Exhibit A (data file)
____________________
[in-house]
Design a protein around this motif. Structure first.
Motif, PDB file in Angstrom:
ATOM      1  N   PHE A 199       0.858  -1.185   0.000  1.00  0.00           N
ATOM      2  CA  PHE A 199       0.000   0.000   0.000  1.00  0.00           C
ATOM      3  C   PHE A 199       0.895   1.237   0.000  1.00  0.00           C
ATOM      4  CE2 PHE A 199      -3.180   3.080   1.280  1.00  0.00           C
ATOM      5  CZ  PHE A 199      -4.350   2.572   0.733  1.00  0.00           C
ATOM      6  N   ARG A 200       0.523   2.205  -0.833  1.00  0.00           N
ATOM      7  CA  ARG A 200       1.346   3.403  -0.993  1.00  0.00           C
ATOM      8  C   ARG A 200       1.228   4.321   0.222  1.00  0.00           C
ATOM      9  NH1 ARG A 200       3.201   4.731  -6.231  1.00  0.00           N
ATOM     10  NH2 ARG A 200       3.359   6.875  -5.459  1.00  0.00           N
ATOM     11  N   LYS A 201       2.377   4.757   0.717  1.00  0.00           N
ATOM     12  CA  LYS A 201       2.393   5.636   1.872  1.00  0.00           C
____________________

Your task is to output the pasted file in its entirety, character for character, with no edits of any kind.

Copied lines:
[in-house]
Design a protein around this motif. Structure first.
Motif, PDB file in Angstrom:
ATOM      1  N   PHE A 199       0.858  -1.185   0.000  1.00  0.00           N
ATOM      2  CA  PHE A 199       0.000   0.000   0.000  1.00  0.00           C
ATOM      3  C   PHE A 199       0.895   1.237   0.000  1.00  0.00           C
ATOM      4  CE2 PHE A 199      -3.180   3.080   1.280  1.00  0.00           C
ATOM      5  CZ  PHE A 199      -4.350   2.572   0.733  1.00  0.00           C
ATOM      6  N   ARG A 200       0.523   2.205  -0.833  1.00  0.00           N
ATOM      7  CA  ARG A 200       1.346   3.403  -0.993  1.00  0.00           C
ATOM      8  C   ARG A 200       1.228   4.321   0.222  1.00  0.00           C
ATOM      9  NH1 ARG A 200       3.201   4.731  -6.231  1.00  0.00           N
ATOM     10  NH2 ARG A 200       3.359   6.875  -5.459  1.00  0.00           N
ATOM     11  N   LYS A 201       2.377   4.757   0.717  1.00  0.00           N
ATOM     12  CA  LYS A 201       2.393   5.636   1.872  1.00  0.00           C